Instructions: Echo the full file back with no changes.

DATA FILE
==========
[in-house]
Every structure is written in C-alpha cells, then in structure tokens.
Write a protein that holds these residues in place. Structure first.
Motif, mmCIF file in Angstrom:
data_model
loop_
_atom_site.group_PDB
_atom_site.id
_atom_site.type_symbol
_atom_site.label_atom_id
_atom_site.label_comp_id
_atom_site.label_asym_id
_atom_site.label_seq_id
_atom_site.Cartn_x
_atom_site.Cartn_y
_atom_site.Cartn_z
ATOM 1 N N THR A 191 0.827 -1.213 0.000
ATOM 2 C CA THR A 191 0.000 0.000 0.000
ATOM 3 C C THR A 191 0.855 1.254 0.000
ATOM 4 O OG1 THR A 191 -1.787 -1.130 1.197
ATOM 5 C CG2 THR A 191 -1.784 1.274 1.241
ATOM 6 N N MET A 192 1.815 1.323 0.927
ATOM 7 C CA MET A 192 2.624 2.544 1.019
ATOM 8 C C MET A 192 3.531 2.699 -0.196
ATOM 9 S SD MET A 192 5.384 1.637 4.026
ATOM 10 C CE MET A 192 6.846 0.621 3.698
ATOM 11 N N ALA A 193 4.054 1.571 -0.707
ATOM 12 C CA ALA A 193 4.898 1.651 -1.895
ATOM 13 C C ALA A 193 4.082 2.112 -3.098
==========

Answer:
[in-house]
Every structure is written in C-alpha cells, then in structure tokens.
Write a protein that holds these residues in place. Structure first.
Motif, mmCIF file in Angstrom:
data_model
loop_
_atom_site.group_PDB
_atom_site.id
_atom_site.type_symbol
_atom_site.label_atom_id
_atom_site.label_comp_id
_atom_site.label_asym_id
_atom_site.label_seq_id
_atom_site.Cartn_x
_atom_site.Cartn_y
_atom_site.Cartn_z
ATOM 1 N N THR A 191 0.827 -1.213 0.000
ATOM 2 C CA THR A 191 0.000 0.000 0.000
ATOM 3 C C THR A 191 0.855 1.254 0.000
ATOM 4 O OG1 THR A 191 -1.787 -1.130 1.197
ATOM 5 C CG2 THR A 191 -1.784 1.274 1.241
ATOM 6 N N MET A 192 1.815 1.323 0.927
ATOM 7 C CA MET A 192 2.624 2.544 1.019
ATOM 8 C C MET A 192 3.531 2.699 -0.196
ATOM 9 S SD MET A 192 5.384 1.637 4.026
ATOM 10 C CE MET A 192 6.846 0.621 3.698
ATOM 11 N N ALA A 193 4.054 1.571 -0.707
ATOM 12 C CA ALA A 193 4.898 1.651 -1.895
ATOM 13 C C ALA A 193 4.082 2.112 -3.098